There’s two laps to go. There’s a Green and White Checkered and you’re low on fuel. Your crew chief is shouting in your ear to lay off the gas until the restart and your spotter keeps cutting in to let you know that the driver behind you has agreed to give you a push at the restart. If what I said gets your adrenaline pumping and makes any sense to you then NASCAR The Game: Inside Line was made with you in mind. With their second outing with the NASCAR license, developer Eutechnyx has iterated on their first game and added a few new additions to try and make it feel like a new experience.
Like the previous game the focus was once again on making the driving feel as real as possible. Telemetry data was used to recreate every track to make sure that every turn, bump, and straightaway feels as real as it possibly can. The physics on each car doesn’t seem to have been improved too much but feels rather similar to the first game. The tracks and car models once again look great and panning around my car during pace laps was something I just could not stop doing.
I noticed that driving with a controller this time actually didn’t work as well as it had in the last game. I felt a bit too wobbly in the turns and too often wrecked the cars around me or slowed down from unwanted bumping. The game offers a few driving assists but with these cranked up it slowed my car down and I lost my competitive edge. I wish I had been able to try out a race wheel with the game because that seems like the preferred way to play. Theoretically it should give your car more stability and give racers more direct control over their car.
The Career mode has seen an improvement with this installment. Players start out as a rookie racer and progress through multiple seasons climbing the ranks of the driver. There are over 60 official NASCAR sponsors who will be attracted to your on track escapades and will give you the ability to get upgrades for your car. These upgrades eventually become crucial and give you a much needed edge in becoming successful in races. A single season mode is also available if players just want to jump in as their favorite driver.
Many fans of NASCAR games may never touch the Career or Season modes because they may just jump online for some multiplayer racing. The game allows for up to 16 players to race at once and offers practice, qualifying, and racing. As of writing this review the online is functional but like many of its predecessors it is a bit rough. Some lag and long load times mar the experience of what could potentially be a lot of fun. It’s not all Eutechnyx doing, however as player count, quality of connection, and even driver skill plays a huge role in how each race will play out.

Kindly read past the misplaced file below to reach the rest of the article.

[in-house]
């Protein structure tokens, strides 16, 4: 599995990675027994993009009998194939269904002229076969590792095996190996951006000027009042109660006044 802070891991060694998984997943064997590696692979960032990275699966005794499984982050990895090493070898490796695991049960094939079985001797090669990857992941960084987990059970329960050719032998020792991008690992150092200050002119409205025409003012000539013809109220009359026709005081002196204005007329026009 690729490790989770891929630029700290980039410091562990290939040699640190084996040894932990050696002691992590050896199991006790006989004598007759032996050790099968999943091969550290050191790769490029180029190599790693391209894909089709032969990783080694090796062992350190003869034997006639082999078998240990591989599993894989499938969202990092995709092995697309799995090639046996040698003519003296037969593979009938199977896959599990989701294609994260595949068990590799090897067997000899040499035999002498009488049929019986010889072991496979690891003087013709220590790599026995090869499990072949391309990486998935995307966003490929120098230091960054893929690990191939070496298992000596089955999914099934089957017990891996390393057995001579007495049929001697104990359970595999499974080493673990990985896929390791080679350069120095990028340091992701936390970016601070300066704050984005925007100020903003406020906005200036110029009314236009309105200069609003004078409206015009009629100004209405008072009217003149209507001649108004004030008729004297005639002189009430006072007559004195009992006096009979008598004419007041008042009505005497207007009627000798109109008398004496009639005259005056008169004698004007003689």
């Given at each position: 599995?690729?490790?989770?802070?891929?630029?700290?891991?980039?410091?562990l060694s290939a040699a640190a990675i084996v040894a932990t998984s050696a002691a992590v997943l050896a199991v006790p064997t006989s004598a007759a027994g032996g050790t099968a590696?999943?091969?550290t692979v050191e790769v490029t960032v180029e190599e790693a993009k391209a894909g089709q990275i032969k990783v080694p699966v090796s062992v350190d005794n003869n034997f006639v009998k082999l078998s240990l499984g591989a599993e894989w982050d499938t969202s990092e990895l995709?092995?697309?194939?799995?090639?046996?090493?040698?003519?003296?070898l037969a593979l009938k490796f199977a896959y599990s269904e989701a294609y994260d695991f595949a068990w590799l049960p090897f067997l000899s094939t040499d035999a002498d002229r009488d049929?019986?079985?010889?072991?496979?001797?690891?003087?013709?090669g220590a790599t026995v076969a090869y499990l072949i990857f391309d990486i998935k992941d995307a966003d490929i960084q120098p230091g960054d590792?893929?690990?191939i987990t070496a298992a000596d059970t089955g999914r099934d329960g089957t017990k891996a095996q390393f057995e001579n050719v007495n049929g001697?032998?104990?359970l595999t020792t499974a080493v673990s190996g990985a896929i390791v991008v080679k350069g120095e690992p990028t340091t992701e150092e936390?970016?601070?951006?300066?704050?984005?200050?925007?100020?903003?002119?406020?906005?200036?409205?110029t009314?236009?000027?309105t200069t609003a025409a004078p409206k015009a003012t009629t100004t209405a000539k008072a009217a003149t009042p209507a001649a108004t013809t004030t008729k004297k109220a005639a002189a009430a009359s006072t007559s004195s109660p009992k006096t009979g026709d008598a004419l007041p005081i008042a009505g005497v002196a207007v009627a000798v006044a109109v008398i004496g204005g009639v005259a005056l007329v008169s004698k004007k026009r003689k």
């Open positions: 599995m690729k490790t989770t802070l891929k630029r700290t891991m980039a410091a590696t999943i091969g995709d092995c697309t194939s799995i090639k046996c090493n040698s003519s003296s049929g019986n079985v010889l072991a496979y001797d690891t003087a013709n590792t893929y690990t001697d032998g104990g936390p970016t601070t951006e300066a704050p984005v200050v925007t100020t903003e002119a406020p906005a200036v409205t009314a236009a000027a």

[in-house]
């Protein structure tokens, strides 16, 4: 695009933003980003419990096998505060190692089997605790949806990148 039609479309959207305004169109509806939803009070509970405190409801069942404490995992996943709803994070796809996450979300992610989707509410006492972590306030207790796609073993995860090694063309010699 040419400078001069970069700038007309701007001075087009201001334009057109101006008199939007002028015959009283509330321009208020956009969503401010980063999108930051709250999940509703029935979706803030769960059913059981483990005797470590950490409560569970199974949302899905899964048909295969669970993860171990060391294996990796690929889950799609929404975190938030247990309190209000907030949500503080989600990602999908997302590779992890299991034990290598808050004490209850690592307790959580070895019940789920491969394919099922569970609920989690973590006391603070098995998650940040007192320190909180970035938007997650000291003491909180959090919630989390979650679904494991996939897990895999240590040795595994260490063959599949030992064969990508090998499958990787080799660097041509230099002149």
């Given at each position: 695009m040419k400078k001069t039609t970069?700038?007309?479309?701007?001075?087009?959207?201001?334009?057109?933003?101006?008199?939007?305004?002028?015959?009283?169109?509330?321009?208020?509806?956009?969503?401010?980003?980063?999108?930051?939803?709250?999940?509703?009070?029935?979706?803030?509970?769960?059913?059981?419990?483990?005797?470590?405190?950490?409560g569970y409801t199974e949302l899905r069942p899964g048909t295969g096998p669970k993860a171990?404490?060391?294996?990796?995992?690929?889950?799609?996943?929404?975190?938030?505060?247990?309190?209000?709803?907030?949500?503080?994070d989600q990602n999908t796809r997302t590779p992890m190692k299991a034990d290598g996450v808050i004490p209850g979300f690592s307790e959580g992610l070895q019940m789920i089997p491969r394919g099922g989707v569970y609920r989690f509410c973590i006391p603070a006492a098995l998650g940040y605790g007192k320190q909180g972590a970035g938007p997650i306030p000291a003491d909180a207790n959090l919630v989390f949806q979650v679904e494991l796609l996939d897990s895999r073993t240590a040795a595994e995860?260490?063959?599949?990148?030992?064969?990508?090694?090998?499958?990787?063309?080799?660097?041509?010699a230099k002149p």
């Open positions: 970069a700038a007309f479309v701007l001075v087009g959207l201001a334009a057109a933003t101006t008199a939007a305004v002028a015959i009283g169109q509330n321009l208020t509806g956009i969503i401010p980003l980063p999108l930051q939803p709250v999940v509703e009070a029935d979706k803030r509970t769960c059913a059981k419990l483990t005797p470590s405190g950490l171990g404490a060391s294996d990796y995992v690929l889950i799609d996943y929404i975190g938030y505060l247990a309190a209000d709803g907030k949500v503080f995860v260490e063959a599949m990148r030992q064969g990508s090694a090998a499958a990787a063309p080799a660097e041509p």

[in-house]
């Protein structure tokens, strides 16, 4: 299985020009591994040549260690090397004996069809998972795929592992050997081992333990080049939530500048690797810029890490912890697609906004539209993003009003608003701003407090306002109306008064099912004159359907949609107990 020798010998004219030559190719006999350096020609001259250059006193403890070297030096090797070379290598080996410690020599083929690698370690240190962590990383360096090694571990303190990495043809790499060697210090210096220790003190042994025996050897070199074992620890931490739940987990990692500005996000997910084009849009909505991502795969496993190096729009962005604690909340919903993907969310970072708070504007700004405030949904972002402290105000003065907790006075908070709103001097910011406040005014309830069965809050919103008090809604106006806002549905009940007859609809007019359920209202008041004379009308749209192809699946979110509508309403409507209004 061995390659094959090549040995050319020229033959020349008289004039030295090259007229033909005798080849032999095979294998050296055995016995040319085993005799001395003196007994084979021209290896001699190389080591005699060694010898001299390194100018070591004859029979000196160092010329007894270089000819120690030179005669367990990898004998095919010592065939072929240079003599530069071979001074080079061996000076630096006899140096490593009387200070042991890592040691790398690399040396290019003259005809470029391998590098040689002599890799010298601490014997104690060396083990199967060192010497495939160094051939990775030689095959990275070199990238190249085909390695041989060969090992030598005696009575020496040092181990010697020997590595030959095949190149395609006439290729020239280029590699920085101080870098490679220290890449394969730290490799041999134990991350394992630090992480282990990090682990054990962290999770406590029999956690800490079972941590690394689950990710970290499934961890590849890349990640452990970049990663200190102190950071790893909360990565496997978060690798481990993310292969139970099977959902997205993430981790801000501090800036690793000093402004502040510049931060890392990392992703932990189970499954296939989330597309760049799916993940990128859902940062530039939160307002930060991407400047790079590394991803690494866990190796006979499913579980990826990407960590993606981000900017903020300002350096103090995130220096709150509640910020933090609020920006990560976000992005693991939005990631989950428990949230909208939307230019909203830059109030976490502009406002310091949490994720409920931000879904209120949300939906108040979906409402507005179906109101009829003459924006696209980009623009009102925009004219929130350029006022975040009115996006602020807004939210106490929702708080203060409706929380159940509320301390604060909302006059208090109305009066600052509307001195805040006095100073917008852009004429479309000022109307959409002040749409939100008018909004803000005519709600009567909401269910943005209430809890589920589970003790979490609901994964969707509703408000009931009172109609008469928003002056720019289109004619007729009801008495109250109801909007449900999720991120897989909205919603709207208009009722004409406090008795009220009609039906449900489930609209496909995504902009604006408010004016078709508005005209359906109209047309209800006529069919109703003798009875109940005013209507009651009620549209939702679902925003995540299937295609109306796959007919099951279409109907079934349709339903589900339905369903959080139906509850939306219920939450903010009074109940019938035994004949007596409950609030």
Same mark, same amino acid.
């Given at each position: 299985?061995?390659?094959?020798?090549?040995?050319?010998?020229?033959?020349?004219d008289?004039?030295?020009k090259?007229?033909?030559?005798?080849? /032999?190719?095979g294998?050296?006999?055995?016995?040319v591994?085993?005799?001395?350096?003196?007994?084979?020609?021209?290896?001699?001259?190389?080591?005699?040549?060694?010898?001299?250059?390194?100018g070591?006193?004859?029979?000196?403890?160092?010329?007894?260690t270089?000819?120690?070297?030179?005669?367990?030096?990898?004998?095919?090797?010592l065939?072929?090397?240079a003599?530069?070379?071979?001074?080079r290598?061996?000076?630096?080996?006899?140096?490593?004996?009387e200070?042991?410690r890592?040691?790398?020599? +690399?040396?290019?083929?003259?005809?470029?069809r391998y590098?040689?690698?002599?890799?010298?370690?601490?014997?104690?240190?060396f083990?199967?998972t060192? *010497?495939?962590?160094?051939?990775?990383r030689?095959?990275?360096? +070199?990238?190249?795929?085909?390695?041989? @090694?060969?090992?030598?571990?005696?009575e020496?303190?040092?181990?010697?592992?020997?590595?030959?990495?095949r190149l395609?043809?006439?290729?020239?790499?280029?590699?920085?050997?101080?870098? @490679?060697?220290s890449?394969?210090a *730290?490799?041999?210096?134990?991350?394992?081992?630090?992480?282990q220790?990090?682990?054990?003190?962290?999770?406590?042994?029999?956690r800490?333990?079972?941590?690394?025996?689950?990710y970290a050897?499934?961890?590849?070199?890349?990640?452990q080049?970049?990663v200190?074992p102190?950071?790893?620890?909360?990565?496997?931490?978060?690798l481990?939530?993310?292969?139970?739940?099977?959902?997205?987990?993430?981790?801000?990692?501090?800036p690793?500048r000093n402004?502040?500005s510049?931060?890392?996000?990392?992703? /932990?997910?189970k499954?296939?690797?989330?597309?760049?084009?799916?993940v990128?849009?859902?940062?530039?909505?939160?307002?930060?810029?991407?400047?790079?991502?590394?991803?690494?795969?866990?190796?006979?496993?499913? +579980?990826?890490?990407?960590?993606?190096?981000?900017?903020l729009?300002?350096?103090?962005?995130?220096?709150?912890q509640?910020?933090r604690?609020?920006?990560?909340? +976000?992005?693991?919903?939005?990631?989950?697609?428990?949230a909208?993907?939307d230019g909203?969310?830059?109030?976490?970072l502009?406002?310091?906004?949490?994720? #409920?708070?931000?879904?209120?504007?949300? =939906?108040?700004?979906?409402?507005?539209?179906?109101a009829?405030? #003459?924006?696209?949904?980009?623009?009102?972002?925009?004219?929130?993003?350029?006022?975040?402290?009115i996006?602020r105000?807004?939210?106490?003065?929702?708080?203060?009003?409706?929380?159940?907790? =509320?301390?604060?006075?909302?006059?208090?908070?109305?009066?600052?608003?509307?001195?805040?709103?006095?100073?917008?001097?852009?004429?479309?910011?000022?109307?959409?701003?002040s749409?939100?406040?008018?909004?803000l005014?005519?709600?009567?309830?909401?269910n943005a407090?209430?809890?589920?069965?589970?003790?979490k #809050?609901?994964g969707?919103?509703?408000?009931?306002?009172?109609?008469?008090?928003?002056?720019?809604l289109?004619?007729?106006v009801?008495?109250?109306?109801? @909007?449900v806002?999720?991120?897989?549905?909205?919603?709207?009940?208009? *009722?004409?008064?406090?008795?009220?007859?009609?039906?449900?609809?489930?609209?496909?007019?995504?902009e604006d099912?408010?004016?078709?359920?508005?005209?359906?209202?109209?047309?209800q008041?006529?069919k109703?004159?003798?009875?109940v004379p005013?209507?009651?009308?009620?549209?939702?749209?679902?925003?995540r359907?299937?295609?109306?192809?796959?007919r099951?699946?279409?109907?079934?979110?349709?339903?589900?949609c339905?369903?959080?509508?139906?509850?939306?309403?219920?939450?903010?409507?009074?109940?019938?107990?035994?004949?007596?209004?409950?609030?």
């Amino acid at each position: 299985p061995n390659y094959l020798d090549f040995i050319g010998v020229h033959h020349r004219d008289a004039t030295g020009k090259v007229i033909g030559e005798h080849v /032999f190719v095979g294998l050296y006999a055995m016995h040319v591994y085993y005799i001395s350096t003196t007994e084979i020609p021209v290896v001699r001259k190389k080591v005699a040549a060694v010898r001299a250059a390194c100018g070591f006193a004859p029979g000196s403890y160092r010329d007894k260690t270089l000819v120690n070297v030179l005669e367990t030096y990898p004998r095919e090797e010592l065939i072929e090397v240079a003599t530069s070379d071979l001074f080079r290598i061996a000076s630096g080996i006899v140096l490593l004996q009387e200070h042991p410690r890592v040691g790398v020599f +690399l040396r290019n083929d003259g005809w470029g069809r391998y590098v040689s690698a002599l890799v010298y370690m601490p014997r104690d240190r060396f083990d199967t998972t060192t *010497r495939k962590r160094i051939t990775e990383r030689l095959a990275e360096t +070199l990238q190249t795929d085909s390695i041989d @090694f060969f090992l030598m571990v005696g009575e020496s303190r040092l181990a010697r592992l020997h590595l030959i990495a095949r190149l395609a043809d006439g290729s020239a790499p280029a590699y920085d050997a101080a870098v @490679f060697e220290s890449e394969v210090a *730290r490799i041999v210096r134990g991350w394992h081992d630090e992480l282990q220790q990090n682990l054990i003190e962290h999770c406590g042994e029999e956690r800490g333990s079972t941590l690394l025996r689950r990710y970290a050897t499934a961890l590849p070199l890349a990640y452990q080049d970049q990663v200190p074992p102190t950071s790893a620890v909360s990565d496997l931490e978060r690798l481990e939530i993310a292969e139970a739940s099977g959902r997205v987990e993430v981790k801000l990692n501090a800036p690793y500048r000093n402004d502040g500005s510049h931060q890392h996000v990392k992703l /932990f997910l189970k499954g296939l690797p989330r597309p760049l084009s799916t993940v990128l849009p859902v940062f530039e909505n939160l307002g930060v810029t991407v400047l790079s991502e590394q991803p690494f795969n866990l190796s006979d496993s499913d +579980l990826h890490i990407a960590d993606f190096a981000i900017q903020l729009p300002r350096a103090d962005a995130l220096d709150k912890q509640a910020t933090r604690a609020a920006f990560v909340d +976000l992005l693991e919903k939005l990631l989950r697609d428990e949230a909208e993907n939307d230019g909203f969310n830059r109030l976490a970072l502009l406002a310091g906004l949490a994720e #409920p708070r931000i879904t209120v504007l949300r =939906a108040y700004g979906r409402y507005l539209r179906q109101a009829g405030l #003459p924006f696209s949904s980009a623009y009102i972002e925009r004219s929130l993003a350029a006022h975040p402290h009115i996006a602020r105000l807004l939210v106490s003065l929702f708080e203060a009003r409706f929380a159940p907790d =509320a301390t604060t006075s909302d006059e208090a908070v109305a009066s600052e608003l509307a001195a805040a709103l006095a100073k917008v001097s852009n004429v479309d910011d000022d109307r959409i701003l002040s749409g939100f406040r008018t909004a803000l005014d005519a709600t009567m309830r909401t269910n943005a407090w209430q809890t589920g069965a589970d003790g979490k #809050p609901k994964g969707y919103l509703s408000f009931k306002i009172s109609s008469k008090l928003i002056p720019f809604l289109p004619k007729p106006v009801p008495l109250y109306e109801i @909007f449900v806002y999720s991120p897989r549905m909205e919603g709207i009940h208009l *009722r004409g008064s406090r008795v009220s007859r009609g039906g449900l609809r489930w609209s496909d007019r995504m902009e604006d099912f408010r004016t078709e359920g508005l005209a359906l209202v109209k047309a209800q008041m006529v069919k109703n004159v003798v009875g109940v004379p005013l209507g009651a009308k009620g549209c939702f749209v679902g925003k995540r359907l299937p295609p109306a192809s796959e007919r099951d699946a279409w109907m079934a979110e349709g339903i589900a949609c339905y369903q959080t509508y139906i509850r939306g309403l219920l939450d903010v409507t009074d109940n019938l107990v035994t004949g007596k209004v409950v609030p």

Too often the group you end up racing with will have more than a few drivers who just can’t race well and you will spend more than half the race on caution laps and potentially never complete a lap. This is nothing new to a NASCAR game but I just wish someone could find a way to solve this issue. Most of the time the community takes it upon themselves to group up with those of similar racing styles and skills and only race with them. This is great for those specific drivers but divides the community and often leaves the online space a ghost town. I can’t help but feel like this may be the path that this game is headed down.
One great addition to the series is its Challenge events. The use of telemetry data helped Eutechnyx recreate some of the most exciting events in NASCAR history down to the exact location of each car on the track. Players are given the opportunity to attempt to relive moments through a drivers eyes by reenacting that last lap pass or block. History can even be re-written as the outcome of certain events can be altered by blocking a driver right before the finish line. This was where I had the most fun in the game. Attempting to complete each challenge was..…challenging. Each is very difficult and when I successfully completed one I couldn’t help but feel exhilarated.
The biggest hurdle the has failed to overcome is its difficulty. The game offers multiple difficulties and driver assists but still alienates the casual NASCAR fan looking for a fun racing experience. At its easiest the game is still tough and even though the AI may not be difficult, keeping the car on the track and tight in the turns is difficult enough itself. It’s great to see Eutchnyx listening to hardcore NASCAR fans looking for a realistic racing experience but I think they need to find a way to truly deliver both.
At its core NASCAR The Game: Inside Line is a better entry into the stock car racing genre than 2011’s NASCAR: The Game. Eutechnyx appears to have listened the the community that rallied around the first game and addressed many of the issues that they had with it while adding a few new tweaks. The game still caters more to the hardcore NASCAR gamer and not to the NASCAR fan. I think Eutchnyx once again missed the opportunity to make an easier racing experience for fans which may also effect the sales of the game. If you’re a NASCAR gamer than this is probably a must buy more so because it’s the only new NASCAR game available. Just remember to focus, take a deep breath, and drop the hammer!